Internet service provider (ISP) Vonage Inc. is offering a mashup of a USB memory stick and a pre-loaded softphone as yet another way of enticing mobile users to sign up for the company’s Web-based long distance calling service.
Vonage’s hot orange V-Phone is as handy as a keychain, comes with a wired earpiece and attaches to a laptop’s USB port, allowing users to make Voice over Internet Protocol (VoIP) calls via a high-speed Internet connection or WiFi network.
The phone masquerading as a memory stick actually has an additional 250 MB of free space for data storage.
Selling for $29.99 after a $20 instant rebate, the V-Phone certainly baits potential buyers with its low cost and hip associations, according to at least two experts.
The V-Phone’s launch last week followed the roll out of Vonage’s Starcom F1000 WiFi -enabled mobile phone.
“It’s convenient and cool,” said Jon Arnold, principal of telecom consultancy J Arnold & Associates in Toronto.
Another Canadian analyst agrees.
“It’s a clever and imaginative idea. Your phone and data all on one stick,” said Lawrence Surtees, director of telecommunication and principal analyst for Toronto-based IDC Canada Ltd.
Both analysts, however, also see the V-Phone’s launch as part of Vonage’s attempt to be heard above the din of an increasingly competitive market.
“The V-Phone is ideal for traveling business people, but it will also possibly appeal to students on the lookout for cool useful gadgets,” said Bill Rainey, president of Vonage Canada.
The V-Phone can be used on Windows PCs but does not work with the Mac OS X or Linux yet. Rainey said future models will come with one and two gigabytes of memory. “This phone does more than save you money on hotel phone bills and cell phone roaming fees. It can store contact lists, business documents, and even travel photos.”
He said the device provides “unparalleled portability” because users can keep their phone number wherever they travel and receive or make calls without incurring charges. Vonage’s launch of two new products in quick succession stems, in part, from a need to make its presence felt in an increasingly competitive market, analysts say.
“Vonage was a trailblazer when it first came into the market, but other players have entered the field. Now they need to make some noise to get noticed,” said Surtees.
Arnold said the company is trying to broaden the reach of its revenue source especially given the negative momentum brought on by the dismal outcome of its initial public offering last March.
He said Vonage’s original VoIP service – targeted at homebound consumers, while doing pretty well, has come under a great deal of pressure from competing companies. “They have to keep on being innovative, because it’s getting harder to wring out more dollars from the original business model.”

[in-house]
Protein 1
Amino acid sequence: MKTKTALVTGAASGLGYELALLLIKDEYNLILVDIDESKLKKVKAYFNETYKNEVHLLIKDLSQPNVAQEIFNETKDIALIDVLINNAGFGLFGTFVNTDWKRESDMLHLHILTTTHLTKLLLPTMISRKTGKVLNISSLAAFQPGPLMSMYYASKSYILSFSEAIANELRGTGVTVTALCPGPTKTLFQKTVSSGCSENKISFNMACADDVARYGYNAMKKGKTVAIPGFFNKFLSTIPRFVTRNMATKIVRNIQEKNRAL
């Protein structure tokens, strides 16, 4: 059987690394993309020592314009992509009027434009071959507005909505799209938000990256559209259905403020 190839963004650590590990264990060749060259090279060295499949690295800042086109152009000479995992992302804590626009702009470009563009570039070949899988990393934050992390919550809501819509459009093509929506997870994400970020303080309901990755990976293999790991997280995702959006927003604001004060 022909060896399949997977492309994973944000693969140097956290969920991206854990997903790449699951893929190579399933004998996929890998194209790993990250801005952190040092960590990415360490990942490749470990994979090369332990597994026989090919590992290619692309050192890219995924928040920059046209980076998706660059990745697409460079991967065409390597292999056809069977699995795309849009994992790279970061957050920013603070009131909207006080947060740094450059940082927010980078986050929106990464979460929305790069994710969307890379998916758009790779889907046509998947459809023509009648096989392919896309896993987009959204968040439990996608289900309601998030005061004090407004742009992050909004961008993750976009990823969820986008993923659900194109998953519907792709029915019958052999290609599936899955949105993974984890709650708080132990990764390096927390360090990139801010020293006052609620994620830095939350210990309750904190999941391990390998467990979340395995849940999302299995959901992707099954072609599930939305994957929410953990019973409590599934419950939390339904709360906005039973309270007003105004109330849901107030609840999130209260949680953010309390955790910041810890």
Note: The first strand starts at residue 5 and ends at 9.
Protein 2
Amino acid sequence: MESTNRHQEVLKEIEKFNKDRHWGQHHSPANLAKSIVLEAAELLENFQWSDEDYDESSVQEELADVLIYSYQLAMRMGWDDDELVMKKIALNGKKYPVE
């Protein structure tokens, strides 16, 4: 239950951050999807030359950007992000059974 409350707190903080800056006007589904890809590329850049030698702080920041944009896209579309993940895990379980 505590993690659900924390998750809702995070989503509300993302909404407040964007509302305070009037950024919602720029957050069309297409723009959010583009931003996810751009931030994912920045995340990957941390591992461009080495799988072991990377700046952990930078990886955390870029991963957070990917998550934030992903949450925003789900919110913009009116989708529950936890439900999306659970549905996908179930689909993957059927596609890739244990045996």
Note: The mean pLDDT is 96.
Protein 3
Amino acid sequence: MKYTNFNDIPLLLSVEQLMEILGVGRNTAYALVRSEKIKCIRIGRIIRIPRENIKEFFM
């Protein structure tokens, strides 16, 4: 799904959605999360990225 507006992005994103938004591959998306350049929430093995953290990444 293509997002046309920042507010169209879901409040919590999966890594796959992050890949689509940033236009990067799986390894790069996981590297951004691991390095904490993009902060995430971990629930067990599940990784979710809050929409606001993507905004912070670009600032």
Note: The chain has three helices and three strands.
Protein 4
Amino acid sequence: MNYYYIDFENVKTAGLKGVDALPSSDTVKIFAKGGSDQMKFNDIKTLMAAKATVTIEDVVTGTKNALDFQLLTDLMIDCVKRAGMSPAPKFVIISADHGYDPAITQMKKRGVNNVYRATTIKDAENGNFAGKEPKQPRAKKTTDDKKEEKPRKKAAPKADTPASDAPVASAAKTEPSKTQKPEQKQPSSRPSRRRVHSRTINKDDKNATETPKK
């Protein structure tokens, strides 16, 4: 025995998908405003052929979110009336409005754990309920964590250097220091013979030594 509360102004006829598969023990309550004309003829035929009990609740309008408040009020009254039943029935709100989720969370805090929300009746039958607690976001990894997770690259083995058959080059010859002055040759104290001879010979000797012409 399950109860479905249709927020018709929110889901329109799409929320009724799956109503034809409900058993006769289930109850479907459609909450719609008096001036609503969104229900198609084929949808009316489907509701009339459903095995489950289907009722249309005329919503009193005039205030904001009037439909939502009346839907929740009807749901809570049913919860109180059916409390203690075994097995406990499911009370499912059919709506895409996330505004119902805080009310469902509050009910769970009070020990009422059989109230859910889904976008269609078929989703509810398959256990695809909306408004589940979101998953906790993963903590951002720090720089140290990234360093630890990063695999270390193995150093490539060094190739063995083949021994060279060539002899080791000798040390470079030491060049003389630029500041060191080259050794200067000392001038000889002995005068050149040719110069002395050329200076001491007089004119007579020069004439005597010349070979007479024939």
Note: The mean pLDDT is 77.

Rainey has a bit of a different take. He said Vonage is a “device agnostic” company that is offering consumers different products such as the V-Phone and the F1000 that provide varied ways of accessing VoIP service. “These are well-planned product launches that fit into the IP world.”
He said V-Phone users can also choose from three types of Vonage service plans; the Basic 500 offers free 500 minutes for calls anywhere in Canada and the United States (U.S.) for $19.99 a month, Premium Unlimited provides unlimited free calls in Canada and the U.S. for $39. 99 and Entrepreneur Unlimited offers unlimited free calls in the U.S and Canada plus a free fax line.
Using a hybrid cell network/VoIP calling setup means you can make and receive calls almost anywhere on the planet without significant costs or difficulty, said Rainey.”Compared with the $80 to $100 a month long distance charges incurred by the average user, our plans provide great savings.”
Aside from rival VoIP provider Primus Canada, Vonage now has to worry about larger telecoms like Bell Canada and Rogers who want a piece of the Web-based phone service pie.
The V-Phone’s apparent target market is the small business arena and traveling executives. It plays well into the market’s increasing need for mobile devices that allow users to go back and fort between IP and WiFi applications, said Arnold.
Surtees also sees the device becoming popular with students. Parents, he said, could give one to their son or daughter going off to university as a cheap way of staying connected.
If the product does take off and attains ubiquity status, there are other marketing potentials for it.
“The phone would also make a great corporate give away. It lends itself to marketing techniques such as that,” said Surtees.